It’s more beautiful than you ever expected. Nachi Falls tumbles over two rocks in the Kii Mountains. It’s the tallest uninterrupted waterfall in Japan. A green cedar forest stands guard behind it. Kumano Nachi Taisha, a Shinto shrine, is perched in front of it. So is Seiganto-ji (the Temple of the Blue Waves), a Tendai Buddhist temple, and the sacred camphor tree, which you can enter to make offerings at its altar. It’s hard not to believe that there’s a higher power at work here.
You’re on the Nakahechi Route. It’s one of the trails in Kumano Kodō, an area known for Kumano Sanzan (the three Grand Shrines of Kumano) and its physical healing abilities. No one is certain when the Kii Peninsula gained its religious significance, though. It definitely predates all modern religions. Members of the Imperial Family started venturing here in the 11th century. Commoners followed by the 15th century. It’s now one of the most famous pilgrimage routes, along with the Camino de Santiago, in the world and a UNESCO World Heritage Site.
Like the Camino de Santiago, Kumano Kodō is not an easy undertaking. The three shrines are located 20-40 kilometers from one another. It can take days to reach a single shrine on the moss-covered stone paths. Temples, waterfalls, and even ancient trees only delay you, as they veer off the steep trails in between them. Nearly constant rainfall, thanks to the Kuroshio current, doesn’t help either.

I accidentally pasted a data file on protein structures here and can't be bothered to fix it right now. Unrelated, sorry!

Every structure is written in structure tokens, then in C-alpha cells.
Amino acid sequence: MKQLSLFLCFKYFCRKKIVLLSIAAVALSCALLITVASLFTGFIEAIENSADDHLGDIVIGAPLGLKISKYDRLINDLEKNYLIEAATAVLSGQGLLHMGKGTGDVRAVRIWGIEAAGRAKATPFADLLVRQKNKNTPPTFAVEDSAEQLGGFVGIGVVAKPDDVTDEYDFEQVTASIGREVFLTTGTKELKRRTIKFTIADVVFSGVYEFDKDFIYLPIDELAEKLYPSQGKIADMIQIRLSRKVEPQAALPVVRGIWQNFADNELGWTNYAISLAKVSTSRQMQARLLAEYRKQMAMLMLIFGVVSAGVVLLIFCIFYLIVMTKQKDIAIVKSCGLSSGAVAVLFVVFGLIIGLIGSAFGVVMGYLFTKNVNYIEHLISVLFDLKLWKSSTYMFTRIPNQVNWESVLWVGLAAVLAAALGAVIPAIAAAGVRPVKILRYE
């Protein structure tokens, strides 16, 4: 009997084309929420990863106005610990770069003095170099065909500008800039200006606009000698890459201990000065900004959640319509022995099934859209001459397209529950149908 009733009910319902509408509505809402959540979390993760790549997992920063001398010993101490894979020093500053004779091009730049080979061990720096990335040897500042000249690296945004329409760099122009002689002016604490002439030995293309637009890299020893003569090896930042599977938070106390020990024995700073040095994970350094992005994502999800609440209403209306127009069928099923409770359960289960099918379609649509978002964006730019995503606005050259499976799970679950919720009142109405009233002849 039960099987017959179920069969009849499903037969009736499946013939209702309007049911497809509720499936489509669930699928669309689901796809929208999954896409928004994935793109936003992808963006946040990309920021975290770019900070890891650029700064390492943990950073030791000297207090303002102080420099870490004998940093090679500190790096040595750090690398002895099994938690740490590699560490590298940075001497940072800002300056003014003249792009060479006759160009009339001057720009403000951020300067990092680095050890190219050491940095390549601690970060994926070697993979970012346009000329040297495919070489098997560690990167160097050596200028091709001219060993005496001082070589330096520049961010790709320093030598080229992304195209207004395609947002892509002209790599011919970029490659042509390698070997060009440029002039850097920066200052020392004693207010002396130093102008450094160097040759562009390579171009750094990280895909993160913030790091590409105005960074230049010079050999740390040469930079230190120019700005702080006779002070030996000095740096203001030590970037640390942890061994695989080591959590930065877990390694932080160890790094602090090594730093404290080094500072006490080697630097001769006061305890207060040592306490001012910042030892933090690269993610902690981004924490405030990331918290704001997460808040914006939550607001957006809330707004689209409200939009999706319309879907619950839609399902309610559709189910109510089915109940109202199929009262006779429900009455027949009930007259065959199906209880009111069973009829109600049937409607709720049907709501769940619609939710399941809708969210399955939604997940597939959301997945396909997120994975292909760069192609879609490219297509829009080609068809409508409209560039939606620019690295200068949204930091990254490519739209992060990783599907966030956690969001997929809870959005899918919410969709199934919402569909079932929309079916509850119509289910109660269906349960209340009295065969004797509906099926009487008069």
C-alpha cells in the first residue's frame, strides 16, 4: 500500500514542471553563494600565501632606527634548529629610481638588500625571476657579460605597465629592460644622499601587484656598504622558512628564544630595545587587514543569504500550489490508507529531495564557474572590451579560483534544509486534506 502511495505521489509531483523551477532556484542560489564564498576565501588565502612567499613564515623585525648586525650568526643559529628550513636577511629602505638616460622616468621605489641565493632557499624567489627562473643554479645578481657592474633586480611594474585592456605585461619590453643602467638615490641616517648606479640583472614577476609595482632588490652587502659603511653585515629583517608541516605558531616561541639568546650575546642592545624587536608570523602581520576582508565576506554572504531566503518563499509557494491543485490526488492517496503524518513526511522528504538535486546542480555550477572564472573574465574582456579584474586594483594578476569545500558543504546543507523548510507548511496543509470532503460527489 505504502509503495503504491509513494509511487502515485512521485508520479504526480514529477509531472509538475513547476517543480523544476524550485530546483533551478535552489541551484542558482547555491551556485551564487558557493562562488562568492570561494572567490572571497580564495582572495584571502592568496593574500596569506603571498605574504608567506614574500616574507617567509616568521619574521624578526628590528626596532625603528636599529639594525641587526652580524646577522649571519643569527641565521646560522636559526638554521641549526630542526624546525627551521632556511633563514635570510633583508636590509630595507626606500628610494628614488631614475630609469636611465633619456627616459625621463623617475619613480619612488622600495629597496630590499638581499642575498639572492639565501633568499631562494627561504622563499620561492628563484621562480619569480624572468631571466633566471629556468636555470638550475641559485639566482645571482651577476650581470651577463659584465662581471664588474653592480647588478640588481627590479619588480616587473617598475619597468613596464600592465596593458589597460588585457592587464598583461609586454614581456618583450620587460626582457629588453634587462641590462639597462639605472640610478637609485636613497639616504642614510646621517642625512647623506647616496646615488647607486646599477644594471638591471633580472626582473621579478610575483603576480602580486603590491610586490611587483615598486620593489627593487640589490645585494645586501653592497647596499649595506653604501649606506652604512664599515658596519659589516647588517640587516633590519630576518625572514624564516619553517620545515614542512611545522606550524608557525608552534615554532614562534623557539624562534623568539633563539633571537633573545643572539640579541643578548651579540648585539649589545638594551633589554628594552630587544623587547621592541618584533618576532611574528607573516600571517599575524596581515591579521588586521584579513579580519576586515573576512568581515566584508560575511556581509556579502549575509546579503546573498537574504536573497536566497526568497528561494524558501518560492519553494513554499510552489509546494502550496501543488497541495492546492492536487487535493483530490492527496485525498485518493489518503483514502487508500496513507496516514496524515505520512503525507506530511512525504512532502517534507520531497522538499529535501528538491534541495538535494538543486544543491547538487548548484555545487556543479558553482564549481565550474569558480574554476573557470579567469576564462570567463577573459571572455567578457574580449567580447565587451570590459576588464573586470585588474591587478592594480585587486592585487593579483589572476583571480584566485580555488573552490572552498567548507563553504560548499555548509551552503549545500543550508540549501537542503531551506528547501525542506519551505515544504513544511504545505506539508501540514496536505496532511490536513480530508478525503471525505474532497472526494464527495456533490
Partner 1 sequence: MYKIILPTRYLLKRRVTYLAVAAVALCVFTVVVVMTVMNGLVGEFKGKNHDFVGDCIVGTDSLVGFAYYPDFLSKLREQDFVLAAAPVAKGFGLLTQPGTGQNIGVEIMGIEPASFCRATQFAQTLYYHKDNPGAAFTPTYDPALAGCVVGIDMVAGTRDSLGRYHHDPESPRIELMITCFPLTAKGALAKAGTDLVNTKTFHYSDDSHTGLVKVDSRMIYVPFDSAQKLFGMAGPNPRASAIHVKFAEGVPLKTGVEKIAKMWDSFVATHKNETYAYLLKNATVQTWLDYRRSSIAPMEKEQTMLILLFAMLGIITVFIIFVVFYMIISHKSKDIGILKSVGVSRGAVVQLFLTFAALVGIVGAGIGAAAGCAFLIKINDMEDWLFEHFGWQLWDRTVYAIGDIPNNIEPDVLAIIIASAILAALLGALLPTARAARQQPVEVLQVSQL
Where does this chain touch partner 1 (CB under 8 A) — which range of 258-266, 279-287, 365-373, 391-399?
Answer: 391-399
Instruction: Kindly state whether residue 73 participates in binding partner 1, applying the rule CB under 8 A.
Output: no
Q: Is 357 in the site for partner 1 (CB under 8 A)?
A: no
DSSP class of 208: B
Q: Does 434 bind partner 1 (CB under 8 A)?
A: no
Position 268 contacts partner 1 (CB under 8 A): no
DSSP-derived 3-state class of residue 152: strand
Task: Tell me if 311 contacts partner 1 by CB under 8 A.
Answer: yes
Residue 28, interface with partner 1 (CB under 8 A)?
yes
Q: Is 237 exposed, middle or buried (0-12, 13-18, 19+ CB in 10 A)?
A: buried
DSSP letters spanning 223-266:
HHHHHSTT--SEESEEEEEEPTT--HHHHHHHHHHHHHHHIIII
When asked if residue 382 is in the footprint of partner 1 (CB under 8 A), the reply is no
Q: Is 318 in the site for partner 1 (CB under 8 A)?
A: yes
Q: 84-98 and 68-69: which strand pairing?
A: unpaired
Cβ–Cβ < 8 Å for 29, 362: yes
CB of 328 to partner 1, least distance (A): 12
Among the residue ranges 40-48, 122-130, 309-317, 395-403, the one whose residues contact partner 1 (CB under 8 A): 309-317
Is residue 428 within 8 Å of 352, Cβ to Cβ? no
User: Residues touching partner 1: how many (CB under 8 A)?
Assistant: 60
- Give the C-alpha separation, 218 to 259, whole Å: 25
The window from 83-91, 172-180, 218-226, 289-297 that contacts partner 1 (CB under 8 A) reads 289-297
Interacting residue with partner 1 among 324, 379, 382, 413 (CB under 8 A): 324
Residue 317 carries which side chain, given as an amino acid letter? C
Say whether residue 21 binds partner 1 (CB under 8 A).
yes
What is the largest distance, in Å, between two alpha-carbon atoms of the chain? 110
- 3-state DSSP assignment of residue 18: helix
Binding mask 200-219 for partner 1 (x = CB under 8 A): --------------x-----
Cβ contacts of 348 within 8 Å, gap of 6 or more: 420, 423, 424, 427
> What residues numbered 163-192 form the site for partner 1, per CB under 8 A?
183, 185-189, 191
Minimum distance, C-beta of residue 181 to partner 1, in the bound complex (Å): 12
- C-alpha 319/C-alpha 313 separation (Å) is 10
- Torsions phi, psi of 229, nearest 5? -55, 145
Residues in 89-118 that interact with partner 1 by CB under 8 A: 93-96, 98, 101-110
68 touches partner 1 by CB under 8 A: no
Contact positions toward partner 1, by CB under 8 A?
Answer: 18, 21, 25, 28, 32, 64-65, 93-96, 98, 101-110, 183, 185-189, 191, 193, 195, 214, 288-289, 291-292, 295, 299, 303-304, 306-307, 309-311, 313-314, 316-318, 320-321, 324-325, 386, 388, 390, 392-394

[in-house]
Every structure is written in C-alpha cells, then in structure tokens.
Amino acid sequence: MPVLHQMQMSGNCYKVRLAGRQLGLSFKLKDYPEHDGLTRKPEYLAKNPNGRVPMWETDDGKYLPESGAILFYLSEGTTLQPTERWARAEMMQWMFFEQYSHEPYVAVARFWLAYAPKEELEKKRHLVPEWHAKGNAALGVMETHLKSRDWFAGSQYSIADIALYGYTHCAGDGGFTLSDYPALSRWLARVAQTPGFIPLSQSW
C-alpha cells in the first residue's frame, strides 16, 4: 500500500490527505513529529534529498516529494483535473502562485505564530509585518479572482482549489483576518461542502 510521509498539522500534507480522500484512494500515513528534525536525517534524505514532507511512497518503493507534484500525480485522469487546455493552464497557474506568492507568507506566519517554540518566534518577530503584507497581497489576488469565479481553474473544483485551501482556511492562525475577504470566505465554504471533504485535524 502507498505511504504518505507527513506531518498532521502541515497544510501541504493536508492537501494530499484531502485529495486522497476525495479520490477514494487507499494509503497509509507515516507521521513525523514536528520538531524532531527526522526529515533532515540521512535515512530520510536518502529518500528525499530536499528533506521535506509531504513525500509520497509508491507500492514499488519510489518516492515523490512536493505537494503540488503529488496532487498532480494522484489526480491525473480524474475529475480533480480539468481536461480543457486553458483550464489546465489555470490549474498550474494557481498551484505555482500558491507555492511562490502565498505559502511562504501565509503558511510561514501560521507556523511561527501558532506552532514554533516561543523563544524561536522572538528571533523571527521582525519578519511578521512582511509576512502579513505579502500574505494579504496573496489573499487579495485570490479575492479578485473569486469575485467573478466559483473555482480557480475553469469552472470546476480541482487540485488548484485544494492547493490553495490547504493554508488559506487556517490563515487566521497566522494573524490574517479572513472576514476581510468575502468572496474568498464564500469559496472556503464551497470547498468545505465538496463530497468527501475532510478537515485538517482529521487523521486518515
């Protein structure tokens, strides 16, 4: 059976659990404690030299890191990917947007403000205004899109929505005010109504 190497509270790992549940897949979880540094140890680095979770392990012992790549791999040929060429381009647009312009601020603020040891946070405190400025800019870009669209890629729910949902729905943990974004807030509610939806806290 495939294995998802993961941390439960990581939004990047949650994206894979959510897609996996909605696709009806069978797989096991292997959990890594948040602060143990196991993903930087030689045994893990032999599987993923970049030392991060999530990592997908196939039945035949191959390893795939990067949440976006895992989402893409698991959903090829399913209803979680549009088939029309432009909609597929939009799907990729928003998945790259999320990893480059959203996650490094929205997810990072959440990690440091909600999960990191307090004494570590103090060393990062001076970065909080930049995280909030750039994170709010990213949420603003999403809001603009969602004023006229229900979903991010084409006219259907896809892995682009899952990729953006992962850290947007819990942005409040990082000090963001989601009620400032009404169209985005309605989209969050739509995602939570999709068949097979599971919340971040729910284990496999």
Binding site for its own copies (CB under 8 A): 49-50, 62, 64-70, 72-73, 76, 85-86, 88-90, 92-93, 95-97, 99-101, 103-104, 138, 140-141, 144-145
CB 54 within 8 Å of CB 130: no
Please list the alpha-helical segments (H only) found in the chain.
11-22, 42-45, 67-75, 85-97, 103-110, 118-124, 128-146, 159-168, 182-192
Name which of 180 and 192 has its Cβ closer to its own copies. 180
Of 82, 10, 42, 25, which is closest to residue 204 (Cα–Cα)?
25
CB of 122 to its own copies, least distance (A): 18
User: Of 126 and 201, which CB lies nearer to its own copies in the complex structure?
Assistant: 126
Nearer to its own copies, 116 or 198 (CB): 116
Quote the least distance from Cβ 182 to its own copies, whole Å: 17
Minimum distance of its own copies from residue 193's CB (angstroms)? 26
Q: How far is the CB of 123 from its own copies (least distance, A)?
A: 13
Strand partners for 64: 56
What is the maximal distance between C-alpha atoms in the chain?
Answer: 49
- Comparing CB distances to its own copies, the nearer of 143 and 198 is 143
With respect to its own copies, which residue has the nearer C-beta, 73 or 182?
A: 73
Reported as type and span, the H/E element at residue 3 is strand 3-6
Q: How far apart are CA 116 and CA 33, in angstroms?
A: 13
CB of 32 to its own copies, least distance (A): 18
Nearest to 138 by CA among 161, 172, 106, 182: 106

Thankfully, there are small, well-preserved Edo-era villages along the way. They offer ryokans and minshukus (guesthouses) so you don’t have to camp. Prepared lunch boxes mean you don’t have to lug much food around either. Hot springs and traditional Japanese baths relax sore muscles at the end of the day. Deer, monkeys, and, every once in a while, snakes, offer momentary distractions. Japanese bush warblers sing around you. While gorgeous views of the valley are never far from sight.
So, are you ready to continue to Kumano Hayatama Taisha? It’s only 23 kilometers away. More stunning viewpoints, this time of the coastline, are promised along the way.